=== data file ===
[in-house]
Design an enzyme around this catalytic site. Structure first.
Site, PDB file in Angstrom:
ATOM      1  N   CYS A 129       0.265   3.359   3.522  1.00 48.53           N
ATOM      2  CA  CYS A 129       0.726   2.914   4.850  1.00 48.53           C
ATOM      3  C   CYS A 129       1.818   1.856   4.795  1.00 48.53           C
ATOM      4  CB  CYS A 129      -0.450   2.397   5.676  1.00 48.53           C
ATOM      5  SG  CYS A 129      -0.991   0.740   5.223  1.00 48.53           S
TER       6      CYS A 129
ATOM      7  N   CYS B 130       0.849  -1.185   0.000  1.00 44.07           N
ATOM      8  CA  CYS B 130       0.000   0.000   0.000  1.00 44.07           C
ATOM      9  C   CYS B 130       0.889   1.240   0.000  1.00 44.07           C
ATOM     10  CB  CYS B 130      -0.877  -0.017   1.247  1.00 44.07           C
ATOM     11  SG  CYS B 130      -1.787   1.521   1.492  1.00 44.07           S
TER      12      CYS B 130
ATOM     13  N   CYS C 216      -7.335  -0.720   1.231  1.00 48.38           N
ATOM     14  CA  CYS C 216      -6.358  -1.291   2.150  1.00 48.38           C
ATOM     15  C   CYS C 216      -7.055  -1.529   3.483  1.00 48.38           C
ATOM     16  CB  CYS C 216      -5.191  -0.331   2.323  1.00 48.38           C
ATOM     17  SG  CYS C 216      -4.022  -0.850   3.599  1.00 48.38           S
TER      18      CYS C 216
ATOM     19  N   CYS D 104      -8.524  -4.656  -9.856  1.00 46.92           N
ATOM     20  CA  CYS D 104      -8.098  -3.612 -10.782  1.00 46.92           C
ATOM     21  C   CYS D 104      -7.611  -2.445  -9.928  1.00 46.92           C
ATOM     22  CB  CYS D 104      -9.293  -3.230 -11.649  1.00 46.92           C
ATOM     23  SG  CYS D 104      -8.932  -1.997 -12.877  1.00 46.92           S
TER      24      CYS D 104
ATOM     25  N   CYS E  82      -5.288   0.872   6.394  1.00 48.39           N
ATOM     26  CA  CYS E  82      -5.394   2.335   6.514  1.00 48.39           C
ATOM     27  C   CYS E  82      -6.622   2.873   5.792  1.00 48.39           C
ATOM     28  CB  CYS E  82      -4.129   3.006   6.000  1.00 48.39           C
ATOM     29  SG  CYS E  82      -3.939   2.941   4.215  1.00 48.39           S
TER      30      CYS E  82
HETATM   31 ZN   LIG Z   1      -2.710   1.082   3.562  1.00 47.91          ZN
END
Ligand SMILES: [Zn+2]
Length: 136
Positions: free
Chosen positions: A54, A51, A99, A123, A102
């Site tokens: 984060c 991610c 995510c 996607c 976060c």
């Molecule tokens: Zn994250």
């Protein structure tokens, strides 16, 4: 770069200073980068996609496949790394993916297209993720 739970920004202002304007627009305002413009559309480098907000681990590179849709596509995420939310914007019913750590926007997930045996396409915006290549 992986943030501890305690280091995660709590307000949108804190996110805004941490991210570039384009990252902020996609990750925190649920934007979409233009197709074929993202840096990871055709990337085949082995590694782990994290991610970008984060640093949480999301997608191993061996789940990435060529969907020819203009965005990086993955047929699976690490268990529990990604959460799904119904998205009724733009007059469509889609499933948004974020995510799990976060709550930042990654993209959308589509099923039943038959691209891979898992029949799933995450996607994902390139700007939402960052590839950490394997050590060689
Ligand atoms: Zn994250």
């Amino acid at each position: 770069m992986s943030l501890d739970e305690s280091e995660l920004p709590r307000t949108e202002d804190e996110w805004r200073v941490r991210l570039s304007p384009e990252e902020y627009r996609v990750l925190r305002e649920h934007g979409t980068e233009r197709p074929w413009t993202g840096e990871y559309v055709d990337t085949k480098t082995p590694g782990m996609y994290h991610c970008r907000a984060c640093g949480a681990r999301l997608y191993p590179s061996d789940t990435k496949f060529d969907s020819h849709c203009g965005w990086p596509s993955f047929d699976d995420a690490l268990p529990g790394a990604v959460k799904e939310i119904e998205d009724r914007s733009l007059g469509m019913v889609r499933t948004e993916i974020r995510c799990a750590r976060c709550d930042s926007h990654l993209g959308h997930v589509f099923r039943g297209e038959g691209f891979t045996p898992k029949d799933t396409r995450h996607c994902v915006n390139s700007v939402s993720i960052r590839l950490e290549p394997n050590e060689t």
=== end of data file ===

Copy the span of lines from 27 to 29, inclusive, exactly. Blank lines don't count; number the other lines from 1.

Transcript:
TER      24      CYS D 104
ATOM     25  N   CYS E  82      -5.288   0.872   6.394  1.00 48.39           N
ATOM     26  CA  CYS E  82      -5.394   2.335   6.514  1.00 48.39           C